Clarice season 1, episode 1 recap – “The Silence Is Over”

February 12, 2021
Jonathon Wilson 2
Weekly TV
3.5

Summary

“The Silence Is Over” establishes Clarice as its own show away from Hannibal Lecter’s long shadow, and thus far it seems to be getting alone fine without him.

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3.5

Summary

“The Silence Is Over” establishes Clarice as its own show away from Hannibal Lecter’s long shadow, and thus far it seems to be getting alone fine without him.


This Clarice season 1, episode 1 recap for the episode titled “The Silence Is Over” contains spoilers.


In the 30 years since The Silence of the Lambs, everyone seems to have forgotten about young FBI Agent Clarice Starling. Dr. Hannibal Lecter, on the other hand, the serial killer she mined for information to help track down a different serial killer, has received plenty of attention in the form of sequels and prequels and spin-offs; he and his mask and his dietary preferences are baked into the popular culture. Thanks to some arcane rights issue, though, he’s nothing to do with CBS’s new Clarice, from showrunners Jenny Lumet and Alex Kurtzman. And maybe that’s for the best.

It’s only fitting, since The Silence of the Lambs was hilariously released on Valentine’s Day in 1991, that this continuation airs just prior to the same holiday, and that Clarice episode 1 is titled “The Silence Is Over”. The point is taken. There’s scarcely any mention of Lecter, but plenty of Buffalo Bill, the skin-wearing serial murderer who has suitably traumatized Clarice Starling (Rebecca Breeds). Here, we find her far too unstable for the level of fame she has earned for cracking that case, which is a problem since attorney general Ruth Martin (Jayne Atkinson), the mother of one of Buffalo Bill’s victims, Catherine (Marnee Carpenter), wants to use Clarice’s profile to bolster her office’s efforts.

Thus Clarice, who is still avoiding Catherine’s phone calls so as not to be tarred by the same brush as a “victim”, is dragged from her self-imposed obscurity to the frontlines of ViCAP, the Violent Criminal Apprehension Program, just in time to track down another serial killer. But her attempts to keep her nose clean don’t take, since she won’t tow the official line, and quickly deduces that what first appear to be the frenzied attacks of a madman are actually professional executions covered up with stab wounds and bite marks. She and her fellow agent Esquivel (Lucca De Oliveira) quickly uncover that the victims are whistleblowers in a clinical trial being bumped off by a professional killer, and rather than parrot sensationalist soundbites to the media at the behest of her a*****e superior Agent Paul Krendler (Michael Cudlitz), Clarice instead announces the truth and that she’s here to stay.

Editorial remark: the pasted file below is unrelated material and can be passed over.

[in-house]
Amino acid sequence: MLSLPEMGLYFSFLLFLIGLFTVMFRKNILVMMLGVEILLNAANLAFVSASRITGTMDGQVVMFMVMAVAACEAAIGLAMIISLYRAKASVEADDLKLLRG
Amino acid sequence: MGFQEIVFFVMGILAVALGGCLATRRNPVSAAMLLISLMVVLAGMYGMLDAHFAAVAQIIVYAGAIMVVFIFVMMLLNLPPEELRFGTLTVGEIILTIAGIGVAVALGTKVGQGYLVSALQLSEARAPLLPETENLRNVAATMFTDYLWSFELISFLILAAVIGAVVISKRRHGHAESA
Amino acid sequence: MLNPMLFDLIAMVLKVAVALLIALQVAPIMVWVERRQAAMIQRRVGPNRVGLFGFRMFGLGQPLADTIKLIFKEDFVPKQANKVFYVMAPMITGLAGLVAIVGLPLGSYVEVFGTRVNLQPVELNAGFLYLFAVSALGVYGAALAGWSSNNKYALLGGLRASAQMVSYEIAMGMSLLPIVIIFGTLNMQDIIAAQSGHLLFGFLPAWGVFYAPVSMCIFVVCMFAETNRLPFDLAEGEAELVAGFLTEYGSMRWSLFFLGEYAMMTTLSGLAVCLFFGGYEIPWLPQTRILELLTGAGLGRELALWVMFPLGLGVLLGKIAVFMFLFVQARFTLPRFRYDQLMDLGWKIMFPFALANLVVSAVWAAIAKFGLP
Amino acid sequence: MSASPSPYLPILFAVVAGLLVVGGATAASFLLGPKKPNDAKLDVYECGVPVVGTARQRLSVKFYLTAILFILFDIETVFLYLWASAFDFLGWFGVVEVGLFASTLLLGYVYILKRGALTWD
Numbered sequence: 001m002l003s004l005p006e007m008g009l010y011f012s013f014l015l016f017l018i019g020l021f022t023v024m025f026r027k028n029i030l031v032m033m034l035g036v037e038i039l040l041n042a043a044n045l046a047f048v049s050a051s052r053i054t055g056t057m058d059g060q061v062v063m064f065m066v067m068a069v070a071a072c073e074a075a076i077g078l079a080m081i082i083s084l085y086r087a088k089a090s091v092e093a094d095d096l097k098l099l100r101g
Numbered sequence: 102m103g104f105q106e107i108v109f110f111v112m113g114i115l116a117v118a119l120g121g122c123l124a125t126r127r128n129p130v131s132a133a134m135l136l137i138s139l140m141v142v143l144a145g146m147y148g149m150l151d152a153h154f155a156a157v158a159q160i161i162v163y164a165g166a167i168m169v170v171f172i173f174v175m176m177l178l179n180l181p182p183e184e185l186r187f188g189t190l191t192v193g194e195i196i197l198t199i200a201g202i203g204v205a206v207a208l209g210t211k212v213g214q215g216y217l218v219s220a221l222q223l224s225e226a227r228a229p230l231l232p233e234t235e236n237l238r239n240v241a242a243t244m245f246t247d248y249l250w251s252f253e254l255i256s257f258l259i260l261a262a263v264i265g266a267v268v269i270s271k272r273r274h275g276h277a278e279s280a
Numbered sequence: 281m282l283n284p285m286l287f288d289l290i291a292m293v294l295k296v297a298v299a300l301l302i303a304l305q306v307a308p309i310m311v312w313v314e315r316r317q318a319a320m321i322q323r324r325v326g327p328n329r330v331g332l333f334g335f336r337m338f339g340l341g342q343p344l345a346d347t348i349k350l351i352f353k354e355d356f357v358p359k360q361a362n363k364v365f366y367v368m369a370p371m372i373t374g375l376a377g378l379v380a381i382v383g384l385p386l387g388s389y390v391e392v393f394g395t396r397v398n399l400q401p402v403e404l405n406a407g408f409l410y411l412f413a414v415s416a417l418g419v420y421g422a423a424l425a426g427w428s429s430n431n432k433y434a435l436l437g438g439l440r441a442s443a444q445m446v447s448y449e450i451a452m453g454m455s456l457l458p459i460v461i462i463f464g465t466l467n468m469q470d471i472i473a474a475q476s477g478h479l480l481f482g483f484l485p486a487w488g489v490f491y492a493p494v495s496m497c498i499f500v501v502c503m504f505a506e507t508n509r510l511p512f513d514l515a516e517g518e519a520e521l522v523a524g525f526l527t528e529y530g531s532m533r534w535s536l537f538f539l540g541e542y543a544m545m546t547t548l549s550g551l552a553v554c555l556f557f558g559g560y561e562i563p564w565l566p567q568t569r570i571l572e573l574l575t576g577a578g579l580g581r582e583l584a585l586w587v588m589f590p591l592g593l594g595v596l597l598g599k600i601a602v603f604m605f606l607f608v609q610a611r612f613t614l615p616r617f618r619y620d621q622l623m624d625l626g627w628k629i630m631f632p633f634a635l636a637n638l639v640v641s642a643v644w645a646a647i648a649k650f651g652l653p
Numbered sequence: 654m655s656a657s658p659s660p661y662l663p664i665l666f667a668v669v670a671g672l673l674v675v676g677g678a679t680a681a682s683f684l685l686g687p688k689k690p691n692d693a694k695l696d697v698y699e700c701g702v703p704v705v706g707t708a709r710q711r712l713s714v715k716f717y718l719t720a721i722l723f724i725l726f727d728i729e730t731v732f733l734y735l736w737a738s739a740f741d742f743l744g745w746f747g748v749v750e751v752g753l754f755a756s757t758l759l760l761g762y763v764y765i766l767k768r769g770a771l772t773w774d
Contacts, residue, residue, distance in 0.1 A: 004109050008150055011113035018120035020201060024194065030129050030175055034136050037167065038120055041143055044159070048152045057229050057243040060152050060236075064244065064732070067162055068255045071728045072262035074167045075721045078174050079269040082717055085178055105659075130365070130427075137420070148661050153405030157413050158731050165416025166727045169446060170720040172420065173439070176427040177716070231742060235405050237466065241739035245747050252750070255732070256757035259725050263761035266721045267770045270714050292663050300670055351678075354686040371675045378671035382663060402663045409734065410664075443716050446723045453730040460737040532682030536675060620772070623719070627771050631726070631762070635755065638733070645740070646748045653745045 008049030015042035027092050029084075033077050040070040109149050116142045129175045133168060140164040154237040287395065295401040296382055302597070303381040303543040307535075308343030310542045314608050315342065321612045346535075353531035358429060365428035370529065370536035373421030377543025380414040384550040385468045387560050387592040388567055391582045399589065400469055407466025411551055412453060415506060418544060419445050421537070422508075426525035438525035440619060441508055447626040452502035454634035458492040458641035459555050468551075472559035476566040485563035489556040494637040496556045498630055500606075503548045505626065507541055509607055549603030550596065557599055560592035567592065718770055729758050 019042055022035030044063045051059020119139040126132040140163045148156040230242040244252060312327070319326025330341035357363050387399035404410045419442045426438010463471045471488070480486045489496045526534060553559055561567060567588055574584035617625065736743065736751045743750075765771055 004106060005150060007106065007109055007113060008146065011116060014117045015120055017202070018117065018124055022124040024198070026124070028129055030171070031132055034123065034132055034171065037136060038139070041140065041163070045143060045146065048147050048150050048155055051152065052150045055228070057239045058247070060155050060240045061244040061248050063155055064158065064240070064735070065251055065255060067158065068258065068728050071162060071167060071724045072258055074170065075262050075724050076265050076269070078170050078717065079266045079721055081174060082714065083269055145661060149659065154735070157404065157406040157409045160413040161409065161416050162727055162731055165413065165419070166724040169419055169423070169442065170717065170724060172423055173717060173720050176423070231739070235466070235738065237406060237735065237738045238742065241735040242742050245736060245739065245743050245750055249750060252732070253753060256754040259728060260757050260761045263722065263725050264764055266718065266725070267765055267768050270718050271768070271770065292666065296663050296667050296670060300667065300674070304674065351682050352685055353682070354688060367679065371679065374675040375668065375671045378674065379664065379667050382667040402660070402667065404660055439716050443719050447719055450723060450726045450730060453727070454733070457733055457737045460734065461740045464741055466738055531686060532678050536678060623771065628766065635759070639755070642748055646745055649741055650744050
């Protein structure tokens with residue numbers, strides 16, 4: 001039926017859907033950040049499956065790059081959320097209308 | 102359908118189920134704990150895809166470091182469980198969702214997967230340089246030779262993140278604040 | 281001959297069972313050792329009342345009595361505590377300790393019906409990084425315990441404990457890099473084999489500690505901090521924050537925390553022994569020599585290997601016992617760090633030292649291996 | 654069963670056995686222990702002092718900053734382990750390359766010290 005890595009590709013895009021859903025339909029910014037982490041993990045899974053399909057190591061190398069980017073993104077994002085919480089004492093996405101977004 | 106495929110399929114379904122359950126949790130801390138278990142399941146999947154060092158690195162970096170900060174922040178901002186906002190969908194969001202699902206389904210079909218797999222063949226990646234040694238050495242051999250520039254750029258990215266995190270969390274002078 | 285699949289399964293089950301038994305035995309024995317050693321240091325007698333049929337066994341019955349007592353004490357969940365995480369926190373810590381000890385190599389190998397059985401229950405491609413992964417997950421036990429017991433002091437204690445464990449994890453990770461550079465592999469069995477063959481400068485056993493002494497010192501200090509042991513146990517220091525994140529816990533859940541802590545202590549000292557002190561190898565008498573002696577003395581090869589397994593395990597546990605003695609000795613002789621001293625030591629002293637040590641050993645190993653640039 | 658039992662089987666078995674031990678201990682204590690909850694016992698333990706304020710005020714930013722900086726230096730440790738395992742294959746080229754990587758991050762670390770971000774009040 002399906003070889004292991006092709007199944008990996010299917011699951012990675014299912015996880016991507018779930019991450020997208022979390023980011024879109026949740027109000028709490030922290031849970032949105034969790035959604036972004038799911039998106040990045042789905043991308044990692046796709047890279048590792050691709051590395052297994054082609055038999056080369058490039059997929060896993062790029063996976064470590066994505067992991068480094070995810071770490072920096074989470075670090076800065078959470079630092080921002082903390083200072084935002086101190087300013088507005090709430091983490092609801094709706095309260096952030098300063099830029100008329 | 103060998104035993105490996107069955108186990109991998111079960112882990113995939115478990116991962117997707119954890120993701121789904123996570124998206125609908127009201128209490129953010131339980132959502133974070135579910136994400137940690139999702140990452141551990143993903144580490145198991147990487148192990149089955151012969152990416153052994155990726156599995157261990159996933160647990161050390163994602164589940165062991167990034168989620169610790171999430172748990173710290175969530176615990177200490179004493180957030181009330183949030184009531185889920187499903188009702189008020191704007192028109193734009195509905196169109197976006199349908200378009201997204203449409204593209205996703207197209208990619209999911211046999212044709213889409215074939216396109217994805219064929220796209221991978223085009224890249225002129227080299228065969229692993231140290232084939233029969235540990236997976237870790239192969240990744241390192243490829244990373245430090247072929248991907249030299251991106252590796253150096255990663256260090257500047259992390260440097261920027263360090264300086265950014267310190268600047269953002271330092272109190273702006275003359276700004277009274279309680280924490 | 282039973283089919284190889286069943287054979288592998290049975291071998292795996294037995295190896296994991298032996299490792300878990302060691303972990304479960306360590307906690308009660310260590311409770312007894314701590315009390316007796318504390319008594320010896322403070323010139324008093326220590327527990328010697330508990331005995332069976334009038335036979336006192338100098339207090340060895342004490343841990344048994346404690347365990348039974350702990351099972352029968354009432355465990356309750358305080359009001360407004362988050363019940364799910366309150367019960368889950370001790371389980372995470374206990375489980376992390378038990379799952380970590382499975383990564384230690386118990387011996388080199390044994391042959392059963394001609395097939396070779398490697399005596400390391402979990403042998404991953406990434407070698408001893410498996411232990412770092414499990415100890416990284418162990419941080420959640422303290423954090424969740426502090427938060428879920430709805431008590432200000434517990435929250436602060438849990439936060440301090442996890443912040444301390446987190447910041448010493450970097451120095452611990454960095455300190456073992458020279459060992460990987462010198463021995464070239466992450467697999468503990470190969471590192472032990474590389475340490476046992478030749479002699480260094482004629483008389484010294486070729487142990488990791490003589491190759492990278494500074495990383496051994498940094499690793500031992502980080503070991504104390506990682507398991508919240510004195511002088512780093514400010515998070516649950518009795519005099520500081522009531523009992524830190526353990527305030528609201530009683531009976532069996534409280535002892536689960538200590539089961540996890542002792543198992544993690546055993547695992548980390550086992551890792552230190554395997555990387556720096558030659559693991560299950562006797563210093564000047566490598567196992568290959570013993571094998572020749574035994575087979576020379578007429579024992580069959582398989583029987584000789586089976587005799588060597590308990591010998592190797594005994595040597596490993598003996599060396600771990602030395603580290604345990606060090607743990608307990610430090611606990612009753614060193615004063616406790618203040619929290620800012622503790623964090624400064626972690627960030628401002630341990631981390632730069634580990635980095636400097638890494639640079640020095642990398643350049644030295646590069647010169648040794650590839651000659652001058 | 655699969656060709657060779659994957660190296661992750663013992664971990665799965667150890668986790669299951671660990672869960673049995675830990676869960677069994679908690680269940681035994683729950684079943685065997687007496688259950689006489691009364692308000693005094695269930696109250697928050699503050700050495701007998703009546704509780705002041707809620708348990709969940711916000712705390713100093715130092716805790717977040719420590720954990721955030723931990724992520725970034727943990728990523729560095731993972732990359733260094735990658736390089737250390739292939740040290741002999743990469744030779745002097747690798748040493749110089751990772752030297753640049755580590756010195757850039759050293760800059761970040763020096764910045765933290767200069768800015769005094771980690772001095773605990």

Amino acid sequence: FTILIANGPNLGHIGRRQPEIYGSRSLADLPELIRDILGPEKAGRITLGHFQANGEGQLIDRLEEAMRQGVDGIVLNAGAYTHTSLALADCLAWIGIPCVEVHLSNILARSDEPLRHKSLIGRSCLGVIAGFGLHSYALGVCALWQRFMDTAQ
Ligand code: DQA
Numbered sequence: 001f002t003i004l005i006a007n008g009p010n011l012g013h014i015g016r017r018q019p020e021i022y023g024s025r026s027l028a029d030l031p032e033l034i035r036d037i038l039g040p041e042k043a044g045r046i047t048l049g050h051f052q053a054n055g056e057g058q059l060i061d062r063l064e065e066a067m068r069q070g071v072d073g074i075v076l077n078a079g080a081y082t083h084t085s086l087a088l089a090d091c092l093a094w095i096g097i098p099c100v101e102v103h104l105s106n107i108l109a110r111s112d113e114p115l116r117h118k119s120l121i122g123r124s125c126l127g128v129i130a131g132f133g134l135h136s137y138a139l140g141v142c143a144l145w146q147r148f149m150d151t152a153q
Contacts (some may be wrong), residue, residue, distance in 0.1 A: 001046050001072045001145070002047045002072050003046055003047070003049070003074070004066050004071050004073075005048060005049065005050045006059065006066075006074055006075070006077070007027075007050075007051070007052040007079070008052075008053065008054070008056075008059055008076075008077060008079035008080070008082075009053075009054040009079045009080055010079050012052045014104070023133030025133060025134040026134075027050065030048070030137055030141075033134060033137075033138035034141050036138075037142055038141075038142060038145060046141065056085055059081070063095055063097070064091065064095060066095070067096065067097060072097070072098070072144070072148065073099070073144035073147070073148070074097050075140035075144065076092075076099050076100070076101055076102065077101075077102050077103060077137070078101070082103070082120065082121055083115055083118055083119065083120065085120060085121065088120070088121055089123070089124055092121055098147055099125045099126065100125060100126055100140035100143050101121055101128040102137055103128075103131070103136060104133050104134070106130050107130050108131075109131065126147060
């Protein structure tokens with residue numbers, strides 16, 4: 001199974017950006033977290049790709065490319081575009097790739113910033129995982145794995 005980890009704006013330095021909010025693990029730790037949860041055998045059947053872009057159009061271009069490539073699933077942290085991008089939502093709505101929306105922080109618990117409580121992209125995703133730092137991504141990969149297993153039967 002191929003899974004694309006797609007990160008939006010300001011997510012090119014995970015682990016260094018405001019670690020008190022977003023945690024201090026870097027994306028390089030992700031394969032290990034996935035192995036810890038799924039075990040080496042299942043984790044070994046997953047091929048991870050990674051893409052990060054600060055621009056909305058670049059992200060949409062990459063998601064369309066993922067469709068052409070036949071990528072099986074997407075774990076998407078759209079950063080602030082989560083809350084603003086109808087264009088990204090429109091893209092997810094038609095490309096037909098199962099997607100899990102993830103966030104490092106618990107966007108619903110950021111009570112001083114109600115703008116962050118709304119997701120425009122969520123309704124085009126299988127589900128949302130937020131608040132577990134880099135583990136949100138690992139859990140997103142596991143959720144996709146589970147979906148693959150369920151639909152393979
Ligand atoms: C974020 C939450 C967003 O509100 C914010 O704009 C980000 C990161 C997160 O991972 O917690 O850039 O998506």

It’s a fine moment to cap off Clarice season 1, episode 1, which I seem to have liked more than most. It’s a bit bloodier and more suitably horrifying than your typical network procedural, for one thing, but I also never really noticed Lecter’s absence as a real elephant in the room (aside from one deliberately tongue-in-cheek reference about him being her former therapist.) And why should I? Lecter and Clarice had some chilling conversations, but they were on either side of a cell. What has defined her since, at least in the context of this show, is taking down Buffalo Bill personally, which is why her PTSD manifests as stylistic glimpses of his manky house of horrors. Just because Lecter is what the general public took away from The Silence of the Lambs doesn’t necessarily mean that’s what Clarice took away, which strikes me as a neat workaround for the rights dispute. I’m sure he would be in the show if they could get away with it, but they can’t, so he’s not, and for the most part that seems just fine.

And Clarice is compelling enough on her own! Squint a little and Rebecca Breeds could quite easily be that young, thickly-accented Jodie Foster, and officially existing in the same universe as the film puts her character in an interesting position of earned fame but also serious emotional damage and trauma. It’ll be a difficult line for the show to keep walking, but the premiere does an admirable job of feeling both like a continuation and its own thing. I’ll be here for as long as Clarice is, in part because I’m professionally mandated to be, but also because I’m intrigued to see what becomes of her next.

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2 thoughts on “Clarice season 1, episode 1 recap – “The Silence Is Over”

  • February 15, 2021 at 5:45 pm
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    I appreciate your working this article and also the rest of the site is really good. I just want to say thanks for sharing this post.

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